Williams graduated in December from Catholic University — after 14 years, on and off — with a bachelor’s degree in interdisciplinary studies. He was also taking graduate-level courses with an eye toward law school. He was as comfortable discussing the work of Henry David Thoreau as he was the latest from the hip-hop scene.
According to his older sister, his father was a Howard University professor and their mother raised three children in a house where public radio and library cards qualified as multimedia entertainment.
“Books were our video game. We learned about life through reading,” Kofi Ross Minor said. “What we lacked in money, we made up for in intellect.”
After graduating from Wilson High School, Williams earned good grades in college, but he struggled with money, sometimes leaving school to save for his education. He first attended Catholic University in 1999, and a school spokesman said he was enrolled intermittently.
“He’s a man of character who had challenges . . . but he rose above them,” said the Rev. Althea Smith-Withers, who baptized Williams eight years ago at Pavilion of God church in Northwest Washington. “His errors were not a function of character.”
Smith-Withers said Williams was “gifted intellectually, and he was an avid reader. He was so modest that he didn’t realize he was atypical.”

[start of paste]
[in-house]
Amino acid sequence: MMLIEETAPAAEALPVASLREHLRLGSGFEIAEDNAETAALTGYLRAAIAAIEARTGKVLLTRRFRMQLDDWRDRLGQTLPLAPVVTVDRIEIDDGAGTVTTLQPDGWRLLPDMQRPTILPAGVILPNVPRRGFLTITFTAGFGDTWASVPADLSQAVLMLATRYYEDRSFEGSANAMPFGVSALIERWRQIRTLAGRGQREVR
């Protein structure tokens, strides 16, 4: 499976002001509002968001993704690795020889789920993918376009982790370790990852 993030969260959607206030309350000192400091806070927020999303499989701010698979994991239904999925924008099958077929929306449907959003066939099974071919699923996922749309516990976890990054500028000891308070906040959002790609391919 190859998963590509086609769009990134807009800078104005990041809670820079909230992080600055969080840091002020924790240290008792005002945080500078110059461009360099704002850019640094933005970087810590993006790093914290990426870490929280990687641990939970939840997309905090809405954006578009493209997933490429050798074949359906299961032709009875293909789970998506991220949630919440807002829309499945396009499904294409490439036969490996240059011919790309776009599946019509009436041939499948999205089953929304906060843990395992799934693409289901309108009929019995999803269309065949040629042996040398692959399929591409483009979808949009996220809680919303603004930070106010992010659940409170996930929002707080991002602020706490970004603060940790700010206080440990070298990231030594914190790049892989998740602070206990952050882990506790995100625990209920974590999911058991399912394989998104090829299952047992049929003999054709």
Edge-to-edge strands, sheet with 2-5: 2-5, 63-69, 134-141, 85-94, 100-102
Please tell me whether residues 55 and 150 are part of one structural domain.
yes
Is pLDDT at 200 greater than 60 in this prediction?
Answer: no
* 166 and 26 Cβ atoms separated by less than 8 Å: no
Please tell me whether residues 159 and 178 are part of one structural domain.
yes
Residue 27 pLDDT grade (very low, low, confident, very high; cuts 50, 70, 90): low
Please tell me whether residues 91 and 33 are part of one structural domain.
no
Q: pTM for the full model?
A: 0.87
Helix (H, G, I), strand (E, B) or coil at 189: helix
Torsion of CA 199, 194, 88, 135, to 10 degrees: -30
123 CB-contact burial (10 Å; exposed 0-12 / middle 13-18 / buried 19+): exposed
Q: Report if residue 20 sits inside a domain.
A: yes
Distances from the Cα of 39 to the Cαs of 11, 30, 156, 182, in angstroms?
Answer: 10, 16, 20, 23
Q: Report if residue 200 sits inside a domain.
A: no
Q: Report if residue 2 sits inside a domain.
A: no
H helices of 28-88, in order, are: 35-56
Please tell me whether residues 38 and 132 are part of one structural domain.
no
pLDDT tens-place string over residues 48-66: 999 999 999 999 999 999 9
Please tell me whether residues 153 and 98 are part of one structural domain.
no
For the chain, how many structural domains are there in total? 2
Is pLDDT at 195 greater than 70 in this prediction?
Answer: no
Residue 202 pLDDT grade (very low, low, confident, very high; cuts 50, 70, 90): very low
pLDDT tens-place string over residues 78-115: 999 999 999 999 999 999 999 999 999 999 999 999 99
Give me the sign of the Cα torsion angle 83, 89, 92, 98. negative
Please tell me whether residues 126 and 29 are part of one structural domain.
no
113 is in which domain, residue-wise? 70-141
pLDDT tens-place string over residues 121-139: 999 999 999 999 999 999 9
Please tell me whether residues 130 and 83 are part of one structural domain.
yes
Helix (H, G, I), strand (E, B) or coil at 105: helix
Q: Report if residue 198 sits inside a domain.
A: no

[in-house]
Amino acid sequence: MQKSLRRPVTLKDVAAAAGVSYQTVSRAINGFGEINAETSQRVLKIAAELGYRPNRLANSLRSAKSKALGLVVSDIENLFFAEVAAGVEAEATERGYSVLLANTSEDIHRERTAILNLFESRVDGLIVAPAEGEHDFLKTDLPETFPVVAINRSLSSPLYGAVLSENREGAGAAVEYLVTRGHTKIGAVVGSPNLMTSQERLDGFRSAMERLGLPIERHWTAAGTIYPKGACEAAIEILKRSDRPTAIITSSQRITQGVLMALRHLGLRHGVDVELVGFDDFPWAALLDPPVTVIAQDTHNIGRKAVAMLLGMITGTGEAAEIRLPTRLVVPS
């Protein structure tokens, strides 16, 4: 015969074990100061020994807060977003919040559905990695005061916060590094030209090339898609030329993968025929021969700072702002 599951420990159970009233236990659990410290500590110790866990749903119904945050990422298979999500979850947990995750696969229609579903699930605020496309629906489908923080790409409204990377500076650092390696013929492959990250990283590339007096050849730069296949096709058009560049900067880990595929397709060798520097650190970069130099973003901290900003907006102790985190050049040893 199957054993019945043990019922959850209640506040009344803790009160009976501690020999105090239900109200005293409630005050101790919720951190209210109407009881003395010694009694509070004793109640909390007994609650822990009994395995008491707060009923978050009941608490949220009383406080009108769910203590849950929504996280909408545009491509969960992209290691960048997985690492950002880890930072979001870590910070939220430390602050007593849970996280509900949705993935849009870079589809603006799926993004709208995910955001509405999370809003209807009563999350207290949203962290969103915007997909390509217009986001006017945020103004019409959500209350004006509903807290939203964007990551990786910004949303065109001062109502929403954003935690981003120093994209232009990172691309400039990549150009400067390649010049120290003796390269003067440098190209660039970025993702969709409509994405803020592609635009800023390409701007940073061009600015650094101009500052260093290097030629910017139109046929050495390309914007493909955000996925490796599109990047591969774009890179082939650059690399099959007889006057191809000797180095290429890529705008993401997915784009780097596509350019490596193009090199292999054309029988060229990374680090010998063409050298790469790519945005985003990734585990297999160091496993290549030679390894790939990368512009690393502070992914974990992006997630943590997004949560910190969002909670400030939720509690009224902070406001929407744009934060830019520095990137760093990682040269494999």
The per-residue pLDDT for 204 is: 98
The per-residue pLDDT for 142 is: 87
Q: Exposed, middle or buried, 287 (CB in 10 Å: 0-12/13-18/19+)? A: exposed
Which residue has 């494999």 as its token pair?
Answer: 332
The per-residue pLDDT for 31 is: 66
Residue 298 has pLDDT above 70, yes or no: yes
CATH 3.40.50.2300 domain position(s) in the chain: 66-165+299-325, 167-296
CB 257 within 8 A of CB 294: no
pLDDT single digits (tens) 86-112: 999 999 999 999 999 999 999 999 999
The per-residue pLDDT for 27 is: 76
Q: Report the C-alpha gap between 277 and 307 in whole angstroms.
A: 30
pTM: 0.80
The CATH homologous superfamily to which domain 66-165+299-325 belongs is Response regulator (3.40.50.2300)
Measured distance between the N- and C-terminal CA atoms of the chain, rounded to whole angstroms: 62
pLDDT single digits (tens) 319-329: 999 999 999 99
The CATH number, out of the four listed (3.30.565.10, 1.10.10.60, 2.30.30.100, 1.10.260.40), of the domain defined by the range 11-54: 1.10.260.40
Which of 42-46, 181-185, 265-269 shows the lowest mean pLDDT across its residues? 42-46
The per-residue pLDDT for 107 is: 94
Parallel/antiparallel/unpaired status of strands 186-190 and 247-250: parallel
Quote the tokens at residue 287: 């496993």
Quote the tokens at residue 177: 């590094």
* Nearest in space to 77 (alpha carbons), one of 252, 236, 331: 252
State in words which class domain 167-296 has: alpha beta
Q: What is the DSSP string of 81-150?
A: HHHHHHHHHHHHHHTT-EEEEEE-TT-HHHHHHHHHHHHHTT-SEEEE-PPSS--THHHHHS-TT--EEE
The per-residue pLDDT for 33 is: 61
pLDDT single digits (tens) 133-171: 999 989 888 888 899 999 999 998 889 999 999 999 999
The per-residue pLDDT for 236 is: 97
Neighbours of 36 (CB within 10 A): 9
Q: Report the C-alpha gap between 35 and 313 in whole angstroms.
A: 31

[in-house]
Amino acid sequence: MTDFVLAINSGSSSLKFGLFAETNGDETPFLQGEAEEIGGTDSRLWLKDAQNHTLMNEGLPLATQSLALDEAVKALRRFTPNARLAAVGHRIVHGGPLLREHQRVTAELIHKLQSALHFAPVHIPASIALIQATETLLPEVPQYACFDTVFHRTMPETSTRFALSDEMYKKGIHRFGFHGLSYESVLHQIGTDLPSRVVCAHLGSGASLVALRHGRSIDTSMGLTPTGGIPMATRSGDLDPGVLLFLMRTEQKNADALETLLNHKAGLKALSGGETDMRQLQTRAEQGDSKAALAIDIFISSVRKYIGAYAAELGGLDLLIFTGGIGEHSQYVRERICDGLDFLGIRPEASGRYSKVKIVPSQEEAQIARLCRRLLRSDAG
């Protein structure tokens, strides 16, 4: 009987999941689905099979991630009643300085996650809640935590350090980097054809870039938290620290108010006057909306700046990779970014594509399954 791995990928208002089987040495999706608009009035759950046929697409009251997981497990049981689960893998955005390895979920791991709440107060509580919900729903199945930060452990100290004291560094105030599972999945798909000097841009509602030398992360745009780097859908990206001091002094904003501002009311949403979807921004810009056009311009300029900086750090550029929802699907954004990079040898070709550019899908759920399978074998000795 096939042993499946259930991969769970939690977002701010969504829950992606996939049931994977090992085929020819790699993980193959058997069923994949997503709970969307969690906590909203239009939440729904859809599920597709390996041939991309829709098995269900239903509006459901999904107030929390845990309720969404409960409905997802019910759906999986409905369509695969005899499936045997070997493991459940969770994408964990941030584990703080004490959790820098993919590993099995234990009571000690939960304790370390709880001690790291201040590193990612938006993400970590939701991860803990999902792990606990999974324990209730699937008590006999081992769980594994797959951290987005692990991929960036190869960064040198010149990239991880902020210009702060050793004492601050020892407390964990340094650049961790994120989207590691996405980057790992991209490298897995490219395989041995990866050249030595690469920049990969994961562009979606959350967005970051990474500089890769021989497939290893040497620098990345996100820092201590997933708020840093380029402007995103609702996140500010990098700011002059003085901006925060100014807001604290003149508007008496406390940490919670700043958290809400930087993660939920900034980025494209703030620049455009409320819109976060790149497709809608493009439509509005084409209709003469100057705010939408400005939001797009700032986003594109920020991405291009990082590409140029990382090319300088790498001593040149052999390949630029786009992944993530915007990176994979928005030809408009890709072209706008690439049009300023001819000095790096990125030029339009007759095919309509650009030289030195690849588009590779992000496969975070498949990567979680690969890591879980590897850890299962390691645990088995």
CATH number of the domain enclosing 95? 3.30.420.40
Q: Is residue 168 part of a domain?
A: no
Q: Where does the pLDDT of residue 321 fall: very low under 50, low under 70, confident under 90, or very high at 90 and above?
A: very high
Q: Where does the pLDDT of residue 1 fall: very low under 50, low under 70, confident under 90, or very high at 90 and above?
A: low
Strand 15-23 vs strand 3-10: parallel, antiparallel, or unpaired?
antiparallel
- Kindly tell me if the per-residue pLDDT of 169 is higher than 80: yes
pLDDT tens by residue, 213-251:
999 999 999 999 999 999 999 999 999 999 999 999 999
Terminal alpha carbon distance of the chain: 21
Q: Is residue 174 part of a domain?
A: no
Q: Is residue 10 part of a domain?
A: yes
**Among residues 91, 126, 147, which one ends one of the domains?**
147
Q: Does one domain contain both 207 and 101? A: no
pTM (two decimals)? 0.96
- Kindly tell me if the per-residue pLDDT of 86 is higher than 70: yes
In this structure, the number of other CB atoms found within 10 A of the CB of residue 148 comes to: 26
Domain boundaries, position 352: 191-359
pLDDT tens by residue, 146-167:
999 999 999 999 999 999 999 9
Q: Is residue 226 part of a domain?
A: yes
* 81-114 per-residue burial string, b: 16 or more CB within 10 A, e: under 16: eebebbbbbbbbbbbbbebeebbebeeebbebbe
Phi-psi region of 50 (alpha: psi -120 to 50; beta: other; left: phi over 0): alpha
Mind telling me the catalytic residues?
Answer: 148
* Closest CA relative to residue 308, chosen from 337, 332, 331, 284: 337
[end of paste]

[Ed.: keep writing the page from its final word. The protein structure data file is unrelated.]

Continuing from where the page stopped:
Williams showed his pastor a transcript with a 3.0 grade-point average when he first dropped out, but he later confided in her about a 2001 felony conviction. His sister said he served three months in jail for hitting a girlfriend, in a dispute over a stolen ring given to him by their grandmother. Court records confirm the conviction but do not provide details.
Williams entered sales and marketing, becoming manager at one shoe store, but recently he returned to sales to get more time for his studies. His latest job was at Comfort One Shoes.
Victor Nakas, a Catholic University spokesman, said the school will invite Williams’s parents to the May commencement and present his diploma to them.
Family and friends remember the determination of the deep-thinking, compassionate young man who achieved that degree.
“He was always his own person. He was a leader,” his sister said. “He was a real man.”
Magda Jean-Louis contributed to this article.